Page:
The Three Room Public School by Arnot MACGREGOR
The two rooms where primary and junior classes were taught were made of brick, while the third and largest room was a frame structure. I do not know the exact date this school was built but know that the log school was built in 1855. I started in the primary with Annie BECKSTEAD as my teacher, then had Mabel WINGARD in the junior room. During most of my years in the first two rooms, the teacher of the senior room and principal was Charles STEWART who was born in Felton, Ontario and a boyhood friend of my Father. John SHAVER, son of Roland took over the senior room from Charlie STEWART by the time I had reached senior status. He taught fourth book classes, besides a few subjects for those who had passed entrance examination to High School. It was under his supervision that the pupils deserted the old three room school and moved further north on Russell street in the year 1898 to a modern four room brick building. The following year, Mr. Thomas STEWART purchased the old brick three room school and demolished the brick section, and in its place built a fine new brick house. After living in it for a few years he moved to a small house near the marsh on the highway between Morewood and Chesterville. His brother Joseph STEWART lived in the house a few years before it was sold to William SWERDFEGER. Before the brick section of the three room school was torn apart, the frame structure of the third room was moved to the south west corner of the old school year and there remodeled and enlarged into a house in which teacher Horatio LOUCKS lived. Mr. LOUCKS followed John SHAVER when the latter gave up teaching to attend Queens University from which he graduated with degrees in Arts and Theology, and later proved to be an outstanding Presbyterian and United Church Minister.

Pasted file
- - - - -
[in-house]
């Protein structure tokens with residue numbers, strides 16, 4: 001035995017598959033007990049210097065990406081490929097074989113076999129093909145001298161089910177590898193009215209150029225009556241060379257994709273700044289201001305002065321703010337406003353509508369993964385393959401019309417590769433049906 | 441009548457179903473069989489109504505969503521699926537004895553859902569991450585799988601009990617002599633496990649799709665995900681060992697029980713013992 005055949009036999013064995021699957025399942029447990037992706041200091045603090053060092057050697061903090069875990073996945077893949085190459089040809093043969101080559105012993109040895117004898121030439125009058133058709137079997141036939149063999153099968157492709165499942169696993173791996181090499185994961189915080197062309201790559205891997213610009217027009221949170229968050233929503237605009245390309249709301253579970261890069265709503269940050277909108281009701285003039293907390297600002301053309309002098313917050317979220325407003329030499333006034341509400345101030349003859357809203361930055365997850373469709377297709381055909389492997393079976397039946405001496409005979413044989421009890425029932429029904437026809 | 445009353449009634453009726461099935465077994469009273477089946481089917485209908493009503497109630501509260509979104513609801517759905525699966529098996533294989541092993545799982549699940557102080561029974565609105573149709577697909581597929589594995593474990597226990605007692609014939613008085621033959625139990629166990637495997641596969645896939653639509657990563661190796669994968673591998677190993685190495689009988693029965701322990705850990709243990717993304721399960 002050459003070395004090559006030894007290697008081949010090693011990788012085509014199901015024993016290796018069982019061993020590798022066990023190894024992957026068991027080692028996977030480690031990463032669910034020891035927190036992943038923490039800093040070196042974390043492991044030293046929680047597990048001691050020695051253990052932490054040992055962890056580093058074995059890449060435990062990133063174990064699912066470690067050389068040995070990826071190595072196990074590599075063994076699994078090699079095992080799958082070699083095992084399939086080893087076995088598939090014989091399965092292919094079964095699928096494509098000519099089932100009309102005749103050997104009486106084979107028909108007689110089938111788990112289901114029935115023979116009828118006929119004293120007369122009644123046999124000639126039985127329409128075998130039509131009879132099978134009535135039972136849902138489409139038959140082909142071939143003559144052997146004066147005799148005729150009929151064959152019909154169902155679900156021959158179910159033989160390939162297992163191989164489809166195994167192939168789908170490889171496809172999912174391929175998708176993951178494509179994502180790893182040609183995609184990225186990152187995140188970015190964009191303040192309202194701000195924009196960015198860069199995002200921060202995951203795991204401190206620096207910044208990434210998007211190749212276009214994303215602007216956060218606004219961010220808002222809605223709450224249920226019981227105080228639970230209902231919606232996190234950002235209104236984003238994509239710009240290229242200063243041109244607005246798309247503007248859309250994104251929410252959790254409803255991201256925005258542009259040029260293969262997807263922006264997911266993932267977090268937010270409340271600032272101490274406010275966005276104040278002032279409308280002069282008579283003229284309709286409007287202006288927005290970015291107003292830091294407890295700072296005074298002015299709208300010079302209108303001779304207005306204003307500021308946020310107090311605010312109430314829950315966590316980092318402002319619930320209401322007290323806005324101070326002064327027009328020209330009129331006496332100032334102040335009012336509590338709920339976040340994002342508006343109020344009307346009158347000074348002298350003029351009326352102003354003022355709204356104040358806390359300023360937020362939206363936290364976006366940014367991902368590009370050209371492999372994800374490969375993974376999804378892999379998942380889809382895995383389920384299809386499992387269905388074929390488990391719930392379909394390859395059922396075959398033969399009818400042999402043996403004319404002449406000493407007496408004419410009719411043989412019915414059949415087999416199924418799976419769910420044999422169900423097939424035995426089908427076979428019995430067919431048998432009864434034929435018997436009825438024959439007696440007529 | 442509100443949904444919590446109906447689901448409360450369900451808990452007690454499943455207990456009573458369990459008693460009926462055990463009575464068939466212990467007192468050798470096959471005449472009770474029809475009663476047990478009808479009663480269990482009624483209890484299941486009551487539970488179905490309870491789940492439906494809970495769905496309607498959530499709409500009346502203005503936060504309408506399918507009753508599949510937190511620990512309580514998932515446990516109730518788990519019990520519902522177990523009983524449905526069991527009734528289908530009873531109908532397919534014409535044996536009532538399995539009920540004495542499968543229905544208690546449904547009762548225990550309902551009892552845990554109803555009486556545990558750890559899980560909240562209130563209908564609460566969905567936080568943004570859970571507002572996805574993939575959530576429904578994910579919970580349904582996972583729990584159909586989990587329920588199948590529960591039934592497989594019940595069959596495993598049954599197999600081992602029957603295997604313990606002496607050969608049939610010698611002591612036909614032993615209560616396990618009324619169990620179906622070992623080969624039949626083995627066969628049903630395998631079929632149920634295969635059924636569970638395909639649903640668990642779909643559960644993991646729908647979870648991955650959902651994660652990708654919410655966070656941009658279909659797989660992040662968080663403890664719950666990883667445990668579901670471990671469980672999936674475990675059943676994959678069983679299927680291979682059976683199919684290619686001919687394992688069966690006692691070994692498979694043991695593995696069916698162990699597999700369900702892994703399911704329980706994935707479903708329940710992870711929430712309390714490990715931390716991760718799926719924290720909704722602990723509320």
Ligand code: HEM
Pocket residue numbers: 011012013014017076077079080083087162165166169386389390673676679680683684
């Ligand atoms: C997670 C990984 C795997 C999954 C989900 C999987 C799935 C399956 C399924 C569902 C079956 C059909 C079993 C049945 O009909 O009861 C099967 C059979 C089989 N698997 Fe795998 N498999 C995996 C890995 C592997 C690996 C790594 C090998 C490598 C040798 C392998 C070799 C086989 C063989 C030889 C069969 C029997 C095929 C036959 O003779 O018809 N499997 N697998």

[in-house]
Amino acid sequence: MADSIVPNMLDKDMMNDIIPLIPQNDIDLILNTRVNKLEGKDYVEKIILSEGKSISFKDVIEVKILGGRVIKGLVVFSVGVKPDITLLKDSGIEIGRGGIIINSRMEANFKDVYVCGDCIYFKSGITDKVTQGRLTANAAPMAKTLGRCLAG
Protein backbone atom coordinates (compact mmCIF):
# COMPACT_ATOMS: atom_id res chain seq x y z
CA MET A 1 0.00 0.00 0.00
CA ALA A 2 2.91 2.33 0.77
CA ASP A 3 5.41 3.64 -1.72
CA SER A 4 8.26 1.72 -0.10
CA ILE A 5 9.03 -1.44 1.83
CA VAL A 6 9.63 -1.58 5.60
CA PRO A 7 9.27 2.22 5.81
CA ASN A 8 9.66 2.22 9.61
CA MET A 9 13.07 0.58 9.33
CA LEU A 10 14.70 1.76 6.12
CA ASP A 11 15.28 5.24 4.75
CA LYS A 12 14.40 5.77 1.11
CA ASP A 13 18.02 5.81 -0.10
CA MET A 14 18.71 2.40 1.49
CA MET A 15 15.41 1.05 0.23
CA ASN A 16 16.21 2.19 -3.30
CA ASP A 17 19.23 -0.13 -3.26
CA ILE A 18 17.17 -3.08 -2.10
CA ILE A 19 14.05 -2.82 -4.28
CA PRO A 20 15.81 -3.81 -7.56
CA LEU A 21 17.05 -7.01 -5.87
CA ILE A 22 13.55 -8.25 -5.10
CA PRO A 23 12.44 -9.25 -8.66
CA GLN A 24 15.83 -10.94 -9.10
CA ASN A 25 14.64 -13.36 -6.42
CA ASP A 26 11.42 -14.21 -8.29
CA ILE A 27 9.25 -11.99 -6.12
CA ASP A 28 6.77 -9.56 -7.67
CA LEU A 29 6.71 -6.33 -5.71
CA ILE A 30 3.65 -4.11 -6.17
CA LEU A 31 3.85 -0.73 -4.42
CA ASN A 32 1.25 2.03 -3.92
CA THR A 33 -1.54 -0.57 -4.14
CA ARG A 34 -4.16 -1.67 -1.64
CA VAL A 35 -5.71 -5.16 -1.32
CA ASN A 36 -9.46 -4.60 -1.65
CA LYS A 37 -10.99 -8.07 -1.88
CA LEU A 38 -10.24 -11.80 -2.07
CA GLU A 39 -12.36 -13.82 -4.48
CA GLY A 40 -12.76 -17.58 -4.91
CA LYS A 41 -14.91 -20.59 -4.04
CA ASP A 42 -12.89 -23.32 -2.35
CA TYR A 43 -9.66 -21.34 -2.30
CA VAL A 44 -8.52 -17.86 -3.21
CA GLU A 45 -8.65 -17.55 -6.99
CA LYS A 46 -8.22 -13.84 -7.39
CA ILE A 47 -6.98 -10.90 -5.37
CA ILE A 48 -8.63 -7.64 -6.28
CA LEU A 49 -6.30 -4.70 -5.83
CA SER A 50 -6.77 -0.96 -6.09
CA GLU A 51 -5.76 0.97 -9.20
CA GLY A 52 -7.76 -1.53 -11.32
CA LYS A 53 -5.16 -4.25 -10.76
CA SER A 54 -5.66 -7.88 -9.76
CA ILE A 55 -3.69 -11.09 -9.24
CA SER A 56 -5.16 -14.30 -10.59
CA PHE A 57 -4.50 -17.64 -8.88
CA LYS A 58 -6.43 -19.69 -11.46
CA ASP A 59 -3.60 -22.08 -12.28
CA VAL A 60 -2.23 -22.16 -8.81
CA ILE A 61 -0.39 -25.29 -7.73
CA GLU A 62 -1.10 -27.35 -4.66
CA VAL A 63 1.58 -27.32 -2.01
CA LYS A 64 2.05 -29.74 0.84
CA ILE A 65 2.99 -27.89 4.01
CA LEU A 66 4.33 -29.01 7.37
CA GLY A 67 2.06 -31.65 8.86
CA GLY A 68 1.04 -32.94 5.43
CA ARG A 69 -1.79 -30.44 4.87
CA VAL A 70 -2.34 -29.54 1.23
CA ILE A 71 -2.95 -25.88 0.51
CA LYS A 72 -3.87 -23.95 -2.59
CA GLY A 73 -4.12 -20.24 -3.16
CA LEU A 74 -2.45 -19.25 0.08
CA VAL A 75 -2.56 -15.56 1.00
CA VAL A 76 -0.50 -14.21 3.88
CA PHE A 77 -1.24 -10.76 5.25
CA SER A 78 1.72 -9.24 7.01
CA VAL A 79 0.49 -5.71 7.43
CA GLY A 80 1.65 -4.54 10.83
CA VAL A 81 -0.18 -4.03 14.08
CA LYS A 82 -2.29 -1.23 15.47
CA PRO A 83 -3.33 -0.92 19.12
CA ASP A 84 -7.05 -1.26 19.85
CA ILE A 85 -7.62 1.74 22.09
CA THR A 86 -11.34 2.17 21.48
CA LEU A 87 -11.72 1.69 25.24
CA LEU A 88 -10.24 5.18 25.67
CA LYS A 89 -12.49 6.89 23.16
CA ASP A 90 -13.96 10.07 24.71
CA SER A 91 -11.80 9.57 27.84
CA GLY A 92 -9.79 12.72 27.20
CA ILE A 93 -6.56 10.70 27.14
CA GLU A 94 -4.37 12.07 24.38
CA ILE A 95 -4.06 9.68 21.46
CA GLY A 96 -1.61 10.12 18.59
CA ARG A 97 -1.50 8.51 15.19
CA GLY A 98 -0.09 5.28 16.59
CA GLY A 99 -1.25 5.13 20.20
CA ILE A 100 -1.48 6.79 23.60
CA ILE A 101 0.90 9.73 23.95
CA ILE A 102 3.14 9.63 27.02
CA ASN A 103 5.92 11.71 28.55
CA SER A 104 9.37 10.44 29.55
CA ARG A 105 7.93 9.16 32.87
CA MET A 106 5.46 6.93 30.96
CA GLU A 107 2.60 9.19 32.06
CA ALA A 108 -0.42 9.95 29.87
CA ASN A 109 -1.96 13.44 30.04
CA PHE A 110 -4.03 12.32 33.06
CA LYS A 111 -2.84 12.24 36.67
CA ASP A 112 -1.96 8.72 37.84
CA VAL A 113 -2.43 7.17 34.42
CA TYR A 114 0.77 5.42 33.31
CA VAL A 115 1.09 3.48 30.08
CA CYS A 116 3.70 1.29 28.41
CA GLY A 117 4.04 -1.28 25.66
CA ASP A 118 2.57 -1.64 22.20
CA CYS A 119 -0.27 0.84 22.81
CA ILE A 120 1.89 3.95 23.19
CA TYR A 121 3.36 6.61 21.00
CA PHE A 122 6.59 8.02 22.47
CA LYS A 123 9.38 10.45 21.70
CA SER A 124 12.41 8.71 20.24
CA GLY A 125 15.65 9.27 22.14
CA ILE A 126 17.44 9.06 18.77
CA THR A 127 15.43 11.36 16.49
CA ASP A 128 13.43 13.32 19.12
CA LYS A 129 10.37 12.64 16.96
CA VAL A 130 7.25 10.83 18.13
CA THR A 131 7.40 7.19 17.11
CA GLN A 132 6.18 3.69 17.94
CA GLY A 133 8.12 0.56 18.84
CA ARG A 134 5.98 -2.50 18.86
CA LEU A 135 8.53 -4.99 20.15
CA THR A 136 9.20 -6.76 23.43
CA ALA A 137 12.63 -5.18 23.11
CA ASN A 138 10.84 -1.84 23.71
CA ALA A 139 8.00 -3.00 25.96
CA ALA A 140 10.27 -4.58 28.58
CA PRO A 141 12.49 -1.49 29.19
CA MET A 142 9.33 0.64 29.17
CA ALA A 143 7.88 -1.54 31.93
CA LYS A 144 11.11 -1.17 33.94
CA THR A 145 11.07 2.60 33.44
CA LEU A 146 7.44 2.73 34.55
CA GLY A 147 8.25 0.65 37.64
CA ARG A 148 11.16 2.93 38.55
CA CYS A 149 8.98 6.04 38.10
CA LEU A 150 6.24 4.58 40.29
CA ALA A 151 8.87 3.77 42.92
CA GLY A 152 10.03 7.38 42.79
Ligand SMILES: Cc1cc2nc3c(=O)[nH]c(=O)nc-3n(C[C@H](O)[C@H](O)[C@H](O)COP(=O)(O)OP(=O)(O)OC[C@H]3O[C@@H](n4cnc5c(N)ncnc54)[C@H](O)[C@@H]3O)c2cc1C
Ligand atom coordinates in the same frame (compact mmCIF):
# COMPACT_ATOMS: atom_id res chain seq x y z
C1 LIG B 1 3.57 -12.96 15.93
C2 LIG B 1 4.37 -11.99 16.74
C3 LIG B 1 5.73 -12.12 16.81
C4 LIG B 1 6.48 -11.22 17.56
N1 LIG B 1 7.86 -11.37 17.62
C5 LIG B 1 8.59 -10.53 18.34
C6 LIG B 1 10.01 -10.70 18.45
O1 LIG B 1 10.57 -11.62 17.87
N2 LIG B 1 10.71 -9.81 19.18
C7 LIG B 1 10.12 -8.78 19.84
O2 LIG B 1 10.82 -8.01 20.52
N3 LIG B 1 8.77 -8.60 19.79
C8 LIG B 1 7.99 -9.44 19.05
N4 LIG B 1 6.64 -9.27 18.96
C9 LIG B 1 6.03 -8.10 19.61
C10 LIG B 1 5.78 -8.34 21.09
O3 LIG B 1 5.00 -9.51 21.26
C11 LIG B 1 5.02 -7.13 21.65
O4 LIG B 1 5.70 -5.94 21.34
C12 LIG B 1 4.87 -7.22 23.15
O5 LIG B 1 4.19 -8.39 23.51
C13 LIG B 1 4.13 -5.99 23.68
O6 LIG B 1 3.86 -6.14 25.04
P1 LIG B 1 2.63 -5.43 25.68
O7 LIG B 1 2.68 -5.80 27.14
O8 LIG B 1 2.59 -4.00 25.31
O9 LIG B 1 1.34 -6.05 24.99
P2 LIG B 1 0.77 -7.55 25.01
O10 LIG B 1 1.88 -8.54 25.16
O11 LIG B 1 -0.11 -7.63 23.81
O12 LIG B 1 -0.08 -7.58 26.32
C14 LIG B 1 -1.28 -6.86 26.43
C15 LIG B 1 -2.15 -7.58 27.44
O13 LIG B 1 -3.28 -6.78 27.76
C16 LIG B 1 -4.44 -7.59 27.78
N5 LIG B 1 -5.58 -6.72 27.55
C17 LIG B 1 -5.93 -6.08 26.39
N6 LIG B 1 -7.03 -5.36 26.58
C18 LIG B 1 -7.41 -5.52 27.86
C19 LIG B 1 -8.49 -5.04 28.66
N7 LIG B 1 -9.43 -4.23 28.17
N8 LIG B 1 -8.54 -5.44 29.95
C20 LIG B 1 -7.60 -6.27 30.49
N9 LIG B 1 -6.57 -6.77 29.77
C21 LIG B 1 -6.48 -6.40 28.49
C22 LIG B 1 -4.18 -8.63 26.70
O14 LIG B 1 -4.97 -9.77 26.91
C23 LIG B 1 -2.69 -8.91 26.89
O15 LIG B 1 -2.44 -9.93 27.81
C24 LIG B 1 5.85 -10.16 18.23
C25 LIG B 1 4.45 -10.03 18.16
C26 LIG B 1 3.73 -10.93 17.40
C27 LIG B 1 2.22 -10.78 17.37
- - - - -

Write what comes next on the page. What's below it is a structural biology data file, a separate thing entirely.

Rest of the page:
Next… The Brand New School…
The MODERN Four Room High School built in 1898
When this four room, two storey brick school was first opened in 1898, it was publicised as being the most modern school building in the country. These are some of the new features connected with the school: 1. The building was erected on acreage large enough to provide two playing fields; one for girls and one for boys. 2. Trees and Shrubs were liberally scattered around the grounds, along with flower beds interestingly arranged. 3. The building was heated by the first central heating in the area, being provided by the installation of a large wood burning furnace in the basement under two of the rooms that made the school comfortable in the coldest winter weather. 4. The basement was large enough to accommodate beside the furnace, a play room used during inclement weather. 5. The pupil’s desks were all new single ones. 6. The former wooden blackboards were replaced by smooth slate ones. 7. The window blinds were all of the new spring roller type. 8. The floors were all hard wood, polished oak. 9. There were two entrances; one for the girls and one for the boys. These led into two separate halls, then up two sets of stairs to the second floor. 10. While the toilets were out of doors, they were separate for boys and girls.